How the Internet works
Read Mozilla’s great introduction to how the Internet works.
Also, check out this animated guide to how the internet works.
- HTTP Basics, a thorough primer on HTTP.
- What’s a web server? This will tell you.
- Understanding status codes with Status Cats: every HTTP request has a response that is accompanied by a status code like
500 Internal Server Error, and these lovely felines can help you remember them.
- In order to understand how servers work, build a simple server script with Ruby.
- Understanding what JSON is.
- Understanding HTTP methods
- Understanding what APIs are.
- Understanding the AJAX request.
- AJAX documentation.
- Connect a front-end application with a separately-hosted back-end application: this keeps your concerns separate. The alternative is building HTML views with your back-end application or trying to integrate a front-end application onto a back-end application, and it can easily turn into spaghetti code. Here’s an example of the separated elements: building an Angular2 / Rails 5 website and deploying to Heroku, where the front-end is separated out from the back-end. Oh, and if you’re not convinced, read this article on why client-side rendering is a good idea. (That means when HTML pages are generated by client computers, rather than created in a back-end app and sent forward to the client.)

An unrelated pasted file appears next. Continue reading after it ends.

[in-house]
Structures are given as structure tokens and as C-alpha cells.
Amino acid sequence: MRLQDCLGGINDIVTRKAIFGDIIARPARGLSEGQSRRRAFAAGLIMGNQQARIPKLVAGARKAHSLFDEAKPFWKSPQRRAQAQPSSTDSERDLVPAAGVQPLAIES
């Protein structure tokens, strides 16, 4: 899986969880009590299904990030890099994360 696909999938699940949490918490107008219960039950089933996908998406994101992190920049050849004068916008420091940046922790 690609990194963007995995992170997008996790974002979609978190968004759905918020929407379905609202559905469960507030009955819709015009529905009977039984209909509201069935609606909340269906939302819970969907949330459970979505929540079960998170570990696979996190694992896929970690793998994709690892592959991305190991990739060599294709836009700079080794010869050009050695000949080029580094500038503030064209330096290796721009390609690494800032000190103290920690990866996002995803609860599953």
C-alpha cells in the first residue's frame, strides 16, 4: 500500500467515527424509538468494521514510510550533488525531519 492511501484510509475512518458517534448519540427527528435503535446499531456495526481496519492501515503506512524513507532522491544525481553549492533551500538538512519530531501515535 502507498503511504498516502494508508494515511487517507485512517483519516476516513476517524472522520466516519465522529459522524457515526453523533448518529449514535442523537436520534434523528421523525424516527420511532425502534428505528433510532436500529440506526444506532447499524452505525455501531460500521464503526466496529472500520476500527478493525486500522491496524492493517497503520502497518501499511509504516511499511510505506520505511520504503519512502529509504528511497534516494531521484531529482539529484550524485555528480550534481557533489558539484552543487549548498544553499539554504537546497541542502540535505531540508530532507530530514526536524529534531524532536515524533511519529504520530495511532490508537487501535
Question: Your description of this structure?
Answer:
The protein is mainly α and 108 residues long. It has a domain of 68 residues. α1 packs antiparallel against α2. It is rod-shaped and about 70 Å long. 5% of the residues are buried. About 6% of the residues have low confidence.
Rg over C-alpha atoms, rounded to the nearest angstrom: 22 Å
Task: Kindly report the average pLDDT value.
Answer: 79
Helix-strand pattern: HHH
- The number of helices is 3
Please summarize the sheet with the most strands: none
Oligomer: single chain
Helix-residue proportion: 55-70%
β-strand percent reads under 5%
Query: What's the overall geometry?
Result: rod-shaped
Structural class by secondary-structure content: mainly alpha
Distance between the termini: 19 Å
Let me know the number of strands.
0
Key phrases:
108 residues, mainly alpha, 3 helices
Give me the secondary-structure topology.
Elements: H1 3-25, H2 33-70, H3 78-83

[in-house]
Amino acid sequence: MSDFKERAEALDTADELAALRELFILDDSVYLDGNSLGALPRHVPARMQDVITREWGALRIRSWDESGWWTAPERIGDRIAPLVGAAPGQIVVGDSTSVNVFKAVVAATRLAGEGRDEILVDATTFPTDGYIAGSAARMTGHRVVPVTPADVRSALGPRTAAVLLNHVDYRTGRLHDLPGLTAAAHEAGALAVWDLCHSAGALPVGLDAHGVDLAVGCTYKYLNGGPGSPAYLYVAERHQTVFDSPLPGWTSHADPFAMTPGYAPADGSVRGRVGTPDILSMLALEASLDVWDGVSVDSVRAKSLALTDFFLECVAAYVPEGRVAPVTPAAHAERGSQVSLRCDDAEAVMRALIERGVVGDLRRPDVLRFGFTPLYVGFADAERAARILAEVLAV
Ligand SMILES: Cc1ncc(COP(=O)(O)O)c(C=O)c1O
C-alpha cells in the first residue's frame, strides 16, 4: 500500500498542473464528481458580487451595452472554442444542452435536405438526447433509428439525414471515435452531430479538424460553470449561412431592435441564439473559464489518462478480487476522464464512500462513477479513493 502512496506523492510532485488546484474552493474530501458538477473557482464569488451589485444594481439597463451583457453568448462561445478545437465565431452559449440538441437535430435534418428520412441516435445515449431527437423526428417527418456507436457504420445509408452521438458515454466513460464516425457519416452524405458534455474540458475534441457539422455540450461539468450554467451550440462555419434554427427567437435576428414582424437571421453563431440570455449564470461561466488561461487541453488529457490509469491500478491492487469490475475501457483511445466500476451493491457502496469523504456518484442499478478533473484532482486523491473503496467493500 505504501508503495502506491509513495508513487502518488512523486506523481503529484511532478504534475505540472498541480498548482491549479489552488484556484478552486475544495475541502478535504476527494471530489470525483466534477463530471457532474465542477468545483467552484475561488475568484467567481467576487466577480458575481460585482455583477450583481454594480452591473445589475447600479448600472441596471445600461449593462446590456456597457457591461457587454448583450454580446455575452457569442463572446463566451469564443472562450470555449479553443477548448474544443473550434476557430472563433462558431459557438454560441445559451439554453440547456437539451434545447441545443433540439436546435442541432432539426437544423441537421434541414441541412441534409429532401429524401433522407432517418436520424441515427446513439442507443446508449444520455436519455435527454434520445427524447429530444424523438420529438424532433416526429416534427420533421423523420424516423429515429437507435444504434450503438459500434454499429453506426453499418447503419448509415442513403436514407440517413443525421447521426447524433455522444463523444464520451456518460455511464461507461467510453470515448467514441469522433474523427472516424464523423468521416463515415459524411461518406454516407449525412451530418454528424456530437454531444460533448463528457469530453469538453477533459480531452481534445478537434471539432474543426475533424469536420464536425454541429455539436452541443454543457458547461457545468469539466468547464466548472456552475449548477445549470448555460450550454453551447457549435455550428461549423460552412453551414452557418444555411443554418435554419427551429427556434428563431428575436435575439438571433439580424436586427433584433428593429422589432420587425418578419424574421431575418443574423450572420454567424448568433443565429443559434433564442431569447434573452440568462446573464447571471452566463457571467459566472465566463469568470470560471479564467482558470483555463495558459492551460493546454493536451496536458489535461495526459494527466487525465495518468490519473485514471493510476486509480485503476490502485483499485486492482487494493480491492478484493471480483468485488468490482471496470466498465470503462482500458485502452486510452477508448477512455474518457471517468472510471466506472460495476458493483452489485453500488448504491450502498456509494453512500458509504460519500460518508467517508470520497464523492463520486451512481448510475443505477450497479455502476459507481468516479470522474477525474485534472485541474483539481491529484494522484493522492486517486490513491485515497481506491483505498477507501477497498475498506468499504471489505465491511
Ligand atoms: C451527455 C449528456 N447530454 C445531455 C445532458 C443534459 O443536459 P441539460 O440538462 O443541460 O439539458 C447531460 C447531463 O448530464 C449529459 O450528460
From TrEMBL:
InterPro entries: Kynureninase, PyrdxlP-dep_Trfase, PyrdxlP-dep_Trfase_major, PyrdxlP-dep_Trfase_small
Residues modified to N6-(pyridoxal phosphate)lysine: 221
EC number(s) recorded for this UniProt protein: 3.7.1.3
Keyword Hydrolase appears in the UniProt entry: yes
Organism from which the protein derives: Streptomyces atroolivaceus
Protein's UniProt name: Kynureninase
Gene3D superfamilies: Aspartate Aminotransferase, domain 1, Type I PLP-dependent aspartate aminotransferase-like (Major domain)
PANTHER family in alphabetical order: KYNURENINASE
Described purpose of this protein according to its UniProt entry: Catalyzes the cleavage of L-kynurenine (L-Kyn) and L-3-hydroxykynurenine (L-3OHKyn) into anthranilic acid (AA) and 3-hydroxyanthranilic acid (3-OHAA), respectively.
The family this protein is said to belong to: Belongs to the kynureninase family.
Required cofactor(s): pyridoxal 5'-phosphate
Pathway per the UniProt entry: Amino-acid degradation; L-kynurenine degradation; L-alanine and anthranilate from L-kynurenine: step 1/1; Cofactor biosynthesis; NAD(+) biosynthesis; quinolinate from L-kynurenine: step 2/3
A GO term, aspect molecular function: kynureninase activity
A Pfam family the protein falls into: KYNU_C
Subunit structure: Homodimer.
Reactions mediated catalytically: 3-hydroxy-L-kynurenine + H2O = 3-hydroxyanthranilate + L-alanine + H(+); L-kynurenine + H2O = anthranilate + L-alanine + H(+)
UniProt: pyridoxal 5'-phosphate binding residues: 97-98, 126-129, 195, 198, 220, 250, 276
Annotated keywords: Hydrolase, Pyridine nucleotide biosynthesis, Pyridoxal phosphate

- Understanding PUT vs PATCH vs POST requests: “POST != Create and PUT != Update”
Understanding Caches and Caching
Let’s say I have a computer and I request to view the website “helloworld.com”. The server returns to me several files: an HTML index file, a stylesheet, and several images that the HTML file needs.
Now, let’s say that tomorrow, I ask again for these files by making a request to load “helloworld.com”. In the interim, no changes have been made on the server to those files. So, in order to conserve time and not re-request files that are unchanged, my computer simply re-loads the files it already received for this website, after checking that those files aren’t supposed to be expired.
This process of not re-requesting files is called cacheing, and most modern browsers do this. It’s an effective way of speeding up the loading of a website, but there immediately arises a need to manipulate these caches, for a variety of reasons.
- “Everything You Need to Know About the Browser Cache”: understanding cacheing in the browser
- Heroku, HTTP Caching in Ruby with Rails
- “Using Cache Purge to Keep Your Website Content Fresh and Responsive”